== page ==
By: Christine Bertsch <email@example.com>
It was one of those usual lazy Sunday afternoons, when I finally had time during the week to sit, watch TV and relax. As I flipped aimlessly through the channels, I landed on a news station debating politics about the 2008 Presidential Election. I thought to myself, “What the heck, I might as well watch this.” Little did I know, I was entering a world in which I was completely oblivious.
They were discussing names of prominent political figures, and I did not have a clue as to who they were. The issues brought forth were vaguely familiar, and I know I have heard the arguments before. This made me realize how much I flat out don’t know about politics in America.
What really scares me is that I will be eligible to vote in next year’s election. As of now, I do not have the knowledge I need to make a proper vote for the candidate who best suits my beliefs. For that matter, I don’t even know what my beliefs are. I want to be able to make this important choice as a citizen next year with the necessary knowledge I need, because I do not want to fall into the category of people who vote based on a whim.
I want to make the commitment to learning about politics, but I find it an overbearing task. There is just too much going on in my life for me to focus on something that feels so far away. I have tried to come up with ways to incorporate the news into my daily life, but I know most of them would never work.
For example, I could log on to newspaper Web sites instead of Facebook, but that just doesn’t seem realistic because my news basically comes from Facebook. Or I guess possibly I could watch the news on nights when I don’t have much to do, but that would never last. I know the information is out there, but I choose not to use the material. It is ironic that there is so much more information readily available for voters now than in the past, and yet people know less or choose to know less.
As of now, I am an involved student at Carmel, in the top of my class and enrolled in a government class. With these credentials, many may think that I would be an educated voter; however, that is not how it works. This opened my eyes to realize that the voting populous is probably not as informed about their choices as they should be. It’s not just for presidential elections, but also senatorial, gubernatorial, county, district and other types of elections. There are many elections with many choices, it is hard to learn all the information necessary about every candidate, but it is your duty as a citizen to know this information.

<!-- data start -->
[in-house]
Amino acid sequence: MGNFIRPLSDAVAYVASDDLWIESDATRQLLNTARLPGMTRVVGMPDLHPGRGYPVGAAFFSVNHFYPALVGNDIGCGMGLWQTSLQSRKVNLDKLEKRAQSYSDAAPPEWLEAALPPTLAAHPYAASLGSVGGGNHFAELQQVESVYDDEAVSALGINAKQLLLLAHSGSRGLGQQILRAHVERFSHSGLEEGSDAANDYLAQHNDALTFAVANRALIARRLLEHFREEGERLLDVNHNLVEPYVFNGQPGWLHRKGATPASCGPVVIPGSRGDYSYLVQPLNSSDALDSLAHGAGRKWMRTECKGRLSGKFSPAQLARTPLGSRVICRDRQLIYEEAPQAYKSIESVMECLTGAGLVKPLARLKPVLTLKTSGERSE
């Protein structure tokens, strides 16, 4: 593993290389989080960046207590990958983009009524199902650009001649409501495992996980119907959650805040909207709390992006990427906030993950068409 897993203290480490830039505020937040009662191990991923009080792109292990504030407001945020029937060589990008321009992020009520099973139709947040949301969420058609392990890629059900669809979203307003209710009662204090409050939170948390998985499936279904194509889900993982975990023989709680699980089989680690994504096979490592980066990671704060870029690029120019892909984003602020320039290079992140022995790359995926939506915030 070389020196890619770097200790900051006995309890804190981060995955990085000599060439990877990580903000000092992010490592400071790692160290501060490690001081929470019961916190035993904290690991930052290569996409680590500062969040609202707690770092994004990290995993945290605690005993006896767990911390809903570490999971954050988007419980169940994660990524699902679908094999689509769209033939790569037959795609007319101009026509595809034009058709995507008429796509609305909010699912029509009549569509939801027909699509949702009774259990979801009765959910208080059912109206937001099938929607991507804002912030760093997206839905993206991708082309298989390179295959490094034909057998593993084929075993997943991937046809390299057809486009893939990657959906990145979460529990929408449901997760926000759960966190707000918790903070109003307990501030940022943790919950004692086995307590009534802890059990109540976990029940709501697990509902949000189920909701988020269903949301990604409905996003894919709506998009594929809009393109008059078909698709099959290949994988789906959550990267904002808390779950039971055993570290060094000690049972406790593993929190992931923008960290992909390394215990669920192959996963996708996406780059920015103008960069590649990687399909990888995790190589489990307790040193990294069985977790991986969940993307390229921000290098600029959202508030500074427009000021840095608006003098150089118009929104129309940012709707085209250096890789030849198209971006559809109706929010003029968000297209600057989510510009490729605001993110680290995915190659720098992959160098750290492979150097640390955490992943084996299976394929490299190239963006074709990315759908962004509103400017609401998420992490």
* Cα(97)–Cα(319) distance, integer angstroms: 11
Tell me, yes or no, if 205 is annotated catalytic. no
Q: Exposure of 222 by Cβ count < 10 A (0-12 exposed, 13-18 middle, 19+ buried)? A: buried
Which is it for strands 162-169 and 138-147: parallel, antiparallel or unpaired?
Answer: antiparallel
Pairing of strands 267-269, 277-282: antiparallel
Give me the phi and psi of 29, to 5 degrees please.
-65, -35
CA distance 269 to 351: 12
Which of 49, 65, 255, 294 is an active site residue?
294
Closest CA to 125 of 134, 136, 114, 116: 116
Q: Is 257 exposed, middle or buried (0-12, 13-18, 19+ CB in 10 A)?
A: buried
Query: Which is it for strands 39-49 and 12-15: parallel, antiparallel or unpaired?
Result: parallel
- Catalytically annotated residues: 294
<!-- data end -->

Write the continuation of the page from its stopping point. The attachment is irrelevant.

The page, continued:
The political elite encourages civilians to participate in government activities to maintain democracy, whether it is through voting, campaigning, contacting the government or taking action in the community. However, voting is encouraged the most ever since people are young. Citizens all around the country are expected to vote, but is that really what the top political minds in the country want? Probably not, if uneducated voters are making the decision of who should lead the country, how could the people make the correct choices all the time. Especially considering the fact that many people vote either along party lines or what their parents believe.
Voting is a huge responsibility that should not be taken lightly. I know I must get on track with my political beliefs within the next year in order to make the correct choice. Even though it is not always convenient, I realize that learning about the political system is important for the future, and I should take the initiative now.